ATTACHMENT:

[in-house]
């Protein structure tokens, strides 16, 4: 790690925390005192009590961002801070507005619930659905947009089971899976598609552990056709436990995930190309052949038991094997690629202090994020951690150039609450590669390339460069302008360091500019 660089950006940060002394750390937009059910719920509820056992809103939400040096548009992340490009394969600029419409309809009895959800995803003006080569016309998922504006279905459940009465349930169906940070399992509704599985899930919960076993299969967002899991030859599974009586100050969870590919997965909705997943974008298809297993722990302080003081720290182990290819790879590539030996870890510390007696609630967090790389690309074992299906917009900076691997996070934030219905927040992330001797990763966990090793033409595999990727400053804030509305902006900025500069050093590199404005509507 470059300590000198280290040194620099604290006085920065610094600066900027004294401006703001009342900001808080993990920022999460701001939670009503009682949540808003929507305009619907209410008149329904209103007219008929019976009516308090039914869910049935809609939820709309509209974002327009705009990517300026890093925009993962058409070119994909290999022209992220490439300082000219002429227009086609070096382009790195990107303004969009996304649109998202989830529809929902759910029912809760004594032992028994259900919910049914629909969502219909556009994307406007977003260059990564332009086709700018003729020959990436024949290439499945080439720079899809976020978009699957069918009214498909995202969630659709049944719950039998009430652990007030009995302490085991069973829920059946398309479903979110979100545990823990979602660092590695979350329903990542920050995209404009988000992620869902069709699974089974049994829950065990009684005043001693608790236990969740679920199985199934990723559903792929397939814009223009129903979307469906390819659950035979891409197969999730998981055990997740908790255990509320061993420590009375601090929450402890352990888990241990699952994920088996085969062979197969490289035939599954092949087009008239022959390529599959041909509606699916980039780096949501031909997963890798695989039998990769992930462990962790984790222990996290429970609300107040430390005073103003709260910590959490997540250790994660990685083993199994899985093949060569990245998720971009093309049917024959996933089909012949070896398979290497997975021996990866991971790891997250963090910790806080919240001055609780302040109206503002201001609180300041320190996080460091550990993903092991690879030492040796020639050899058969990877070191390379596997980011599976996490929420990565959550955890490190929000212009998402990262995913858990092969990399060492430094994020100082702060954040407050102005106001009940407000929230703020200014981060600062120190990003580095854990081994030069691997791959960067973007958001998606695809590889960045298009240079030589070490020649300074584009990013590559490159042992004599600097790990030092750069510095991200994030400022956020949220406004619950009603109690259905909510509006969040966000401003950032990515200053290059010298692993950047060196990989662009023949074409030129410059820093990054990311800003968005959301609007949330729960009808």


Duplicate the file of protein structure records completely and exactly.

[in-house]
């Protein structure tokens, strides 16, 4: 790690925390005192009590961002801070507005619930659905947009089971899976598609552990056709436990995930190309052949038991094997690629202090994020951690150039609450590669390339460069302008360091500019 660089950006940060002394750390937009059910719920509820056992809103939400040096548009992340490009394969600029419409309809009895959800995803003006080569016309998922504006279905459940009465349930169906940070399992509704599985899930919960076993299969967002899991030859599974009586100050969870590919997965909705997943974008298809297993722990302080003081720290182990290819790879590539030996870890510390007696609630967090790389690309074992299906917009900076691997996070934030219905927040992330001797990763966990090793033409595999990727400053804030509305902006900025500069050093590199404005509507 470059300590000198280290040194620099604290006085920065610094600066900027004294401006703001009342900001808080993990920022999460701001939670009503009682949540808003929507305009619907209410008149329904209103007219008929019976009516308090039914869910049935809609939820709309509209974002327009705009990517300026890093925009993962058409070119994909290999022209992220490439300082000219002429227009086609070096382009790195990107303004969009996304649109998202989830529809929902759910029912809760004594032992028994259900919910049914629909969502219909556009994307406007977003260059990564332009086709700018003729020959990436024949290439499945080439720079899809976020978009699957069918009214498909995202969630659709049944719950039998009430652990007030009995302490085991069973829920059946398309479903979110979100545990823990979602660092590695979350329903990542920050995209404009988000992620869902069709699974089974049994829950065990009684005043001693608790236990969740679920199985199934990723559903792929397939814009223009129903979307469906390819659950035979891409197969999730998981055990997740908790255990509320061993420590009375601090929450402890352990888990241990699952994920088996085969062979197969490289035939599954092949087009008239022959390529599959041909509606699916980039780096949501031909997963890798695989039998990769992930462990962790984790222990996290429970609300107040430390005073103003709260910590959490997540250790994660990685083993199994899985093949060569990245998720971009093309049917024959996933089909012949070896398979290497997975021996990866991971790891997250963090910790806080919240001055609780302040109206503002201001609180300041320190996080460091550990993903092991690879030492040796020639050899058969990877070191390379596997980011599976996490929420990565959550955890490190929000212009998402990262995913858990092969990399060492430094994020100082702060954040407050102005106001009940407000929230703020200014981060600062120190990003580095854990081994030069691997791959960067973007958001998606695809590889960045298009240079030589070490020649300074584009990013590559490159042992004599600097790990030092750069510095991200994030400022956020949220406004619950009603109690259905909510509006969040966000401003950032990515200053290059010298692993950047060196990989662009023949074409030129410059820093990054990311800003968005959301609007949330729960009808």